Tasmanian mountain biking popularity surging, as are thefts of high-end bikes

Brad and Michelle Quinn were asleep in their West Hobart home, when their prized mountain bikes were stolen from their locked garage in the early hours of Friday morning.

“I went down to the car about 7:30am, I was heading off to Maydena Bike Park for a ride,” Mr Quinn said.

“I noticed the garage door was already open, and I was positive I’d locked it the night before.”

The high-end bikes, worth around $17,000, were the only two items stolen, despite there being power tools and other family heirlooms stored in the garage.

An expensive mountain bike inside a house.
A Yeti SB150 29-inch Enduro mountain bike, stolen from Brad and Michelle Quinn.(Supplied: Brad and Michelle Quinn)

Michelle Quinn believed the thieves had been watching the couple because the bikes weren’t visible from the road and there are no windows into the garage, which was secured with two locks.

“We have heard from police that these type of criminals do follow you around,” she said.

“They see the bikes on the back of the car, and they’ll just follow you from the bike park home and stake your house out.”

The couple said they were told by police it was an increasing problem in the state, with mountain biking becoming extremely popular in the past few years.

“Anecdotally, I’ve been told of a range of scenarios from kids roughly re-spray painting them and selling them on to their mates,” Brad Quinn said.

“Right through to more sophisticated operations, where they’re moving these bikes interstate in shipping containers, where of course it’s much easier to offload them.”

Brad and Michelle Quinn looking dejected after their bikes were stolen.
The thieves ignored other items in Brad and Michelle Quinn’s garage, taking only the bikes.(ABC News: Mitchell Woolnough)

Making the crime even more devastating, the Quinns are unsure if they’ll be able to replace the mountain bikes — Michelle Quinn’s e-bike was quite rare and ordered from interstate.

“We’ve rung around a few places to see if they’re any bikes available for us in the event insurance pays out, but apparently they’re few and far between,” Michelle Quinn said.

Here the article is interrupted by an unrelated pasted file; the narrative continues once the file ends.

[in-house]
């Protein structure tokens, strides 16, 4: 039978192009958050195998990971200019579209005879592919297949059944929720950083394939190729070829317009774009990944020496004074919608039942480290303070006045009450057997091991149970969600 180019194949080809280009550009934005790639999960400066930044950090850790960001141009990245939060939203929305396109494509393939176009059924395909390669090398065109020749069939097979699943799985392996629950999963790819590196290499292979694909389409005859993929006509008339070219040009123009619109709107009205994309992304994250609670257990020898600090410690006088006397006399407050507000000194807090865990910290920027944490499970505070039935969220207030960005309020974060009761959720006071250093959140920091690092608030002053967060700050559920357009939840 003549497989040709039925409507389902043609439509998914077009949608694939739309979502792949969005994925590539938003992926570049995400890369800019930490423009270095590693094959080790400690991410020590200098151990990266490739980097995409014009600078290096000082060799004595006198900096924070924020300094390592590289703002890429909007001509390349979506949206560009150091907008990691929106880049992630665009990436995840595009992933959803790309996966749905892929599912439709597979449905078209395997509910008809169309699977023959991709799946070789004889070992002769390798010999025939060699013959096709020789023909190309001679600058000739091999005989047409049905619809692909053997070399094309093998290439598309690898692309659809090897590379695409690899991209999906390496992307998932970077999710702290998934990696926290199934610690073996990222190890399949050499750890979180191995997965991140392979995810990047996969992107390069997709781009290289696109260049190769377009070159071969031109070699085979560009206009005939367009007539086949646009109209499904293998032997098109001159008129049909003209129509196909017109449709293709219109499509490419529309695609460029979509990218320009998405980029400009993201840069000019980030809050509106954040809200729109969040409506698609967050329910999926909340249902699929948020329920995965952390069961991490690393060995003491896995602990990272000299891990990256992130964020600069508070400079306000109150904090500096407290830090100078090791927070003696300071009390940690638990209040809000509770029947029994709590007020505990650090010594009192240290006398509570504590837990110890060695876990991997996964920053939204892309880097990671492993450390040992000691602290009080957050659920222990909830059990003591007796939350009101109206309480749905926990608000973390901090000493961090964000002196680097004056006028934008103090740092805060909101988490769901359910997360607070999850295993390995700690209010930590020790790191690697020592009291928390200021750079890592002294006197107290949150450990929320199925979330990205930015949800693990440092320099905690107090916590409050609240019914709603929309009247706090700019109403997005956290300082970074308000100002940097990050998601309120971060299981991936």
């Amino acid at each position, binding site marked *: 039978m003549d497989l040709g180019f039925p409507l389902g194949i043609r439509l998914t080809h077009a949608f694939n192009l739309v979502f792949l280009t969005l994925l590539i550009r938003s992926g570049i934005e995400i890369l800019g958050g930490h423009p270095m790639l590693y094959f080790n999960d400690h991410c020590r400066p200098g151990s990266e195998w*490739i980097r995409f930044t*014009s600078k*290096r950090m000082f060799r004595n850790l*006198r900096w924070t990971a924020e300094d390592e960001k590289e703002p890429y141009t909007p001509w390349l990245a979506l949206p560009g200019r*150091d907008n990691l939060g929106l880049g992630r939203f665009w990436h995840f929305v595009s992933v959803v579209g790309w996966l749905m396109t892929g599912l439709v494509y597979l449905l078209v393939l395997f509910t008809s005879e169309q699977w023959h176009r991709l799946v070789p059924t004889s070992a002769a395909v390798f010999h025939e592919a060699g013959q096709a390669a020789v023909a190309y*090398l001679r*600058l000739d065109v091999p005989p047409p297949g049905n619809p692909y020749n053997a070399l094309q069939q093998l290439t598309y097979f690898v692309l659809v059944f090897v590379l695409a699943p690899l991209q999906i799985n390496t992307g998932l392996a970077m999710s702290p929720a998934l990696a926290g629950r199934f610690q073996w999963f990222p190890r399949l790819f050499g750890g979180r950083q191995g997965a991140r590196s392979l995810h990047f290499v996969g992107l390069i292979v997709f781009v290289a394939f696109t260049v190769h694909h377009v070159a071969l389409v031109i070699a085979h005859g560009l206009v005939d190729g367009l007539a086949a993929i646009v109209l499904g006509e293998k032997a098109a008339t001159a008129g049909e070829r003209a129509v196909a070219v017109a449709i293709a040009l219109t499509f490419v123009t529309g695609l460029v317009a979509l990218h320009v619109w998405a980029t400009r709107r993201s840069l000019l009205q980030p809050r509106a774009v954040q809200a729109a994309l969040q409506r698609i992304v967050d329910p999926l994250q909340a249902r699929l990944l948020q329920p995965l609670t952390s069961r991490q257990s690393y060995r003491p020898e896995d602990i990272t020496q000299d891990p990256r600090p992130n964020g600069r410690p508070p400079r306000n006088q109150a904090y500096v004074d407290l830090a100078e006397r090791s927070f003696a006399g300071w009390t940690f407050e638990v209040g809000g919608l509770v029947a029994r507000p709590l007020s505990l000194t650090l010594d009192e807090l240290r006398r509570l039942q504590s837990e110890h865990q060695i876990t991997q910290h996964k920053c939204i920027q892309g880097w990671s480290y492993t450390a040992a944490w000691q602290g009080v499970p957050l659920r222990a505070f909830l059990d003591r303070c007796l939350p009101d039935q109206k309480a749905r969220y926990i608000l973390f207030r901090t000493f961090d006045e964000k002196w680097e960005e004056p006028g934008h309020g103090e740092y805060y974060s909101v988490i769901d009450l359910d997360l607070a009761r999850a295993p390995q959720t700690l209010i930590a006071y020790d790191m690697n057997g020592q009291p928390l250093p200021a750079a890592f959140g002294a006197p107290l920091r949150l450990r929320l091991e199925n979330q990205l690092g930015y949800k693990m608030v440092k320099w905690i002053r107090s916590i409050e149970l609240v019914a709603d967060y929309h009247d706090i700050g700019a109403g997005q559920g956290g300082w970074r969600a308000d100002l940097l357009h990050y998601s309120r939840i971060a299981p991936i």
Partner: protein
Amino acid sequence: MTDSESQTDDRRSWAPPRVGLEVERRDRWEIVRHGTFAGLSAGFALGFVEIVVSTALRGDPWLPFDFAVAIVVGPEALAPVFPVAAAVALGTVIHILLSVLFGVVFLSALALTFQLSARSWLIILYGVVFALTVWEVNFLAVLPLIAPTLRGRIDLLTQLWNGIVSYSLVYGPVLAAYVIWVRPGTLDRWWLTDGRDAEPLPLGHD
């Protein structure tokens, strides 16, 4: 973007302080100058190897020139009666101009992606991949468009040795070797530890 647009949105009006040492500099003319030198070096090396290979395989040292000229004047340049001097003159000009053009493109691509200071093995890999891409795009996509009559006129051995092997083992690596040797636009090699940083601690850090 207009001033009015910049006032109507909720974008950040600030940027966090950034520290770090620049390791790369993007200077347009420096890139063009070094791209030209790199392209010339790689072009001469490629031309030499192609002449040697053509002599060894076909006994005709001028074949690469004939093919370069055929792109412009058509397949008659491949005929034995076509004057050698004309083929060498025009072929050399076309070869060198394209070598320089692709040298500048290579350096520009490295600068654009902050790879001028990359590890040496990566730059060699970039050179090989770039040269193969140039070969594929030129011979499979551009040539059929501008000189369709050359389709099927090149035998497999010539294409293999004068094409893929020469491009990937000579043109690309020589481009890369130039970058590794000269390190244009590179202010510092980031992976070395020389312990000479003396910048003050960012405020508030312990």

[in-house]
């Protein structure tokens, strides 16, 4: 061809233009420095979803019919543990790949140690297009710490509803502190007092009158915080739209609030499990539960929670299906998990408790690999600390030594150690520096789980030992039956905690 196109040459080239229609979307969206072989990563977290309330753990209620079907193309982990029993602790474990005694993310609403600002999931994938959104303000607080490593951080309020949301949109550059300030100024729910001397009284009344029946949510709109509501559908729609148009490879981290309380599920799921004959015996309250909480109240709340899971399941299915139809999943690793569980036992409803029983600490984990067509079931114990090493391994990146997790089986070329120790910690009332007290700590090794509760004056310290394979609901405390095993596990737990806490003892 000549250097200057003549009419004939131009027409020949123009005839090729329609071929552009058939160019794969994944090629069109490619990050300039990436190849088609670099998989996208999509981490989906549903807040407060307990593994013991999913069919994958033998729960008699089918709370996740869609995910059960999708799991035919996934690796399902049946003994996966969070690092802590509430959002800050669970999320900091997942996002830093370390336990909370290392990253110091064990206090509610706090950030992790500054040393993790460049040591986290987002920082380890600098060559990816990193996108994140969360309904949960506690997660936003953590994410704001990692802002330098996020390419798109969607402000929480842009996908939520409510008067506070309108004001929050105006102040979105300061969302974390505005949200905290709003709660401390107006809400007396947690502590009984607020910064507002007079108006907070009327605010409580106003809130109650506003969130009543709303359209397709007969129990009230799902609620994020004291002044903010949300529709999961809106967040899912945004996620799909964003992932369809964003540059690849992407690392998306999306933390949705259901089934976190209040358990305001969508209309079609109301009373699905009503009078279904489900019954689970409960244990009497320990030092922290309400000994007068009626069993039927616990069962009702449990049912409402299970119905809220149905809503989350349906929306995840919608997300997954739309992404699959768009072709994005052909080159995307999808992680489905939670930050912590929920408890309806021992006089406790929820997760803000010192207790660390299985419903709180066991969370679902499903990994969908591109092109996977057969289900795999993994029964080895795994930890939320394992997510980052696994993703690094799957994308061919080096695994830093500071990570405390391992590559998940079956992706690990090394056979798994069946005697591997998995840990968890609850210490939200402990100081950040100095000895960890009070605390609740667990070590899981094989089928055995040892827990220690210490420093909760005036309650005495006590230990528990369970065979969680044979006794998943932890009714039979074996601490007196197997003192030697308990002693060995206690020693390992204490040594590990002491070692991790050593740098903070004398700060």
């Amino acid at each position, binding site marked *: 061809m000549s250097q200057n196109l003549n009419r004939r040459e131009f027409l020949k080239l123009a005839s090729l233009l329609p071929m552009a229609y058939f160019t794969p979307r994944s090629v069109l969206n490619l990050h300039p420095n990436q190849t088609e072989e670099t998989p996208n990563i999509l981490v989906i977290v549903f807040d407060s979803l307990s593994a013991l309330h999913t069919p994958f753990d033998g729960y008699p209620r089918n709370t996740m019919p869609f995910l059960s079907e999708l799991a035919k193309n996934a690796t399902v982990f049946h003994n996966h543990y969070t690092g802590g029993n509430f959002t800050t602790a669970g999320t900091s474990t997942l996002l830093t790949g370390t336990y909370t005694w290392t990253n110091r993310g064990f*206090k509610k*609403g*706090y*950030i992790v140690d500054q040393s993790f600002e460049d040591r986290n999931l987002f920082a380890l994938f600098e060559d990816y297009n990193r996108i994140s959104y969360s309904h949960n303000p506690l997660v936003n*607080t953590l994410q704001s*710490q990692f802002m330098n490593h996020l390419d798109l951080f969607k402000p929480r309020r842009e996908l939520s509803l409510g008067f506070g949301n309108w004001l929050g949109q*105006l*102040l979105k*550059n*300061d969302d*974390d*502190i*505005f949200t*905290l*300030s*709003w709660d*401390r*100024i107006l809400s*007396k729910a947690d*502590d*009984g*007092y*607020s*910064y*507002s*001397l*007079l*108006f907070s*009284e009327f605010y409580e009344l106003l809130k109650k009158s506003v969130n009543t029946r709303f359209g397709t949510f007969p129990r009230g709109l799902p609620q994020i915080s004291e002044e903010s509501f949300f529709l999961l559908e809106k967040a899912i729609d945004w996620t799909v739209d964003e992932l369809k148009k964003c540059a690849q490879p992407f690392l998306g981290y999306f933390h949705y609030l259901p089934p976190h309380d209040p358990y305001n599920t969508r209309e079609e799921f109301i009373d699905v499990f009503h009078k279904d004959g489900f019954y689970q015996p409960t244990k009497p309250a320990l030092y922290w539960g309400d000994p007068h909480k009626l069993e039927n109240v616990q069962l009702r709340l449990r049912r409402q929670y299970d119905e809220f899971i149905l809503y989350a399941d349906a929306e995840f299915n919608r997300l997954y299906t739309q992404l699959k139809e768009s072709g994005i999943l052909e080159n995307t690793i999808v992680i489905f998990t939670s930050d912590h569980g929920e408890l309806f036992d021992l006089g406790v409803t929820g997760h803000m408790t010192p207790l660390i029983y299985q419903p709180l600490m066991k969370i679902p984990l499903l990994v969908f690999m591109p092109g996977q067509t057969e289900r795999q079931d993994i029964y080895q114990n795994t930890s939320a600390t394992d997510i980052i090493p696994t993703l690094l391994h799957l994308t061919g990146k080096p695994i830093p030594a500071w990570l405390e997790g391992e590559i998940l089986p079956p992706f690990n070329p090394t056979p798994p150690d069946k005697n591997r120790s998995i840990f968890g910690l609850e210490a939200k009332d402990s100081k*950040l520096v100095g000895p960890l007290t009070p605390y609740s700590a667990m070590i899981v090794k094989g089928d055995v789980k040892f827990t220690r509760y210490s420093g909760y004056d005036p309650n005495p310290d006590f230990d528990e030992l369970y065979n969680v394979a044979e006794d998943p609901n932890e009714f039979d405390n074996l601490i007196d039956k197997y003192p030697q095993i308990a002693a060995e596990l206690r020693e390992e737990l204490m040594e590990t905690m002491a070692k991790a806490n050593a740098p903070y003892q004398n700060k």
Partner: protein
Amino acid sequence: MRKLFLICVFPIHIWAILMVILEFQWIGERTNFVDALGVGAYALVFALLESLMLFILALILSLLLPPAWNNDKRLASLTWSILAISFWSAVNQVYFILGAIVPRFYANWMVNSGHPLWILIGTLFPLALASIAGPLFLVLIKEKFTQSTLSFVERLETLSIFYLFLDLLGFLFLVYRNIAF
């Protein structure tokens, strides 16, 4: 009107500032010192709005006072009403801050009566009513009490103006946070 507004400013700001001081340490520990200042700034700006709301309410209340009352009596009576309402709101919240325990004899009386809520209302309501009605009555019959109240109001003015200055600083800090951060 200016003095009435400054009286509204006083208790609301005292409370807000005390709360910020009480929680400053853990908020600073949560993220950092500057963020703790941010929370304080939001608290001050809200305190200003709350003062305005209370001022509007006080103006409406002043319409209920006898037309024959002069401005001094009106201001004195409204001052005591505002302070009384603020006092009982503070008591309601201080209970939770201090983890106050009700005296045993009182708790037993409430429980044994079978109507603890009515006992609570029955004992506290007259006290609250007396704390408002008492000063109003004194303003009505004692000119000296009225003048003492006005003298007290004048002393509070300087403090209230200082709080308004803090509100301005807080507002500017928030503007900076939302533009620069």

“The process of building them and getting them to Australia has slowed right down as well.”

Brad Quinn said one bike shop told him they were no longer taking orders.

Riders on a trail at Maydena mountain bike park, Tasmania.
Riders on the trail at Maydena — one of a growing number of bike trails in Tasmania.(Facebook: Maydena Bike Park)

Alison Hetherington, from Tasmania Bicycle Network, said unfortunately the Quinns were not alone.

“As more people have got into mountain biking, we’re seeing more people getting their bikes stolen,” she said.

“It is because there’s a lot of popularity around mountain biking and also quite a few bikes that are expensive and worthwhile for thieves to target.”

Ms Hetherington said anecdotally it was happening right across the state.

She said the bikes were in hot demand, given there was also supply issues with some brands “due to the COVID pandemic and the impact it’s had on production”.

“It seems to me from talking to bike shops it’s affecting certain models and types, but it’s not widespread … you should still be able to get a mountain bike, it might just not be the exact one you want.”

A dark haired woman in a multi-coloured top stands in front of bicycles in a shop.
Alison Hetherington said she had heard of thefts from where people camp near mountain biking locations.(ABC News: Mitch Woolnough)

Ms Hethrington said the spike in mountain bike thefts was an issue the Network had discussed with Tasmania Police.

“We’ve spoken to them in the past and their strong advice to owners is to keep your bikes locked securely wherever you can,” she advised.

“[Police] do what they can to try to recover bikes but there are things owners can do; [register] your bike on something like Bike Vault, so that it is easier to recover if it is stolen.

“There’s a range of insurance products that you can undertake to cover your bike if it’s stolen.”

She said there was also a Facebook group called Tassie Lost and Stolen Bikes, where “people report stolen bikes and also report found bikes and try to match them with their owner”.

Gaps in supply due to increased demand globally

Bike shop owner Wayne Chapman said there had definitely been some shortages in the range of mountain bikes available.

“We’ve noticed demand has increased significantly … we have a fair volume of bikes come through but certainly there are unusual circumstances at the moment,” he said.

He said it was due to a number of factors.

“I think people are spending more money doing things at a local level; supply is constrained with increased demand globally for bikes and in Tasmania there’s an increased interest in mountain biking, with all the new tracks,” he said.

A man in a checked shirt and black vest stands in front of bicycle helmets in a shop.
Wayne Chapman said it was too early to know whether COVID had affected bike suppliers.(ABC News: Mitch Woolnough)

Mr Chapman said it was hard to tell if COVID-19 was affecting supply, adding he thought the pandemic’s effects “might be more apparent in the next 12 months”.

“It’s very hard for us to determine whether not being able to get certain bikes is due to supply being constrained or just because demand has increased so significantly across the board and it takes the supply chain sometime to gear up to meet that.”

Mr Chapman said bike thefts had always been an issue because bikes were in demand and tradeable.

Tasmania Police has been contacted for comment.

Katherine E. Ackerman

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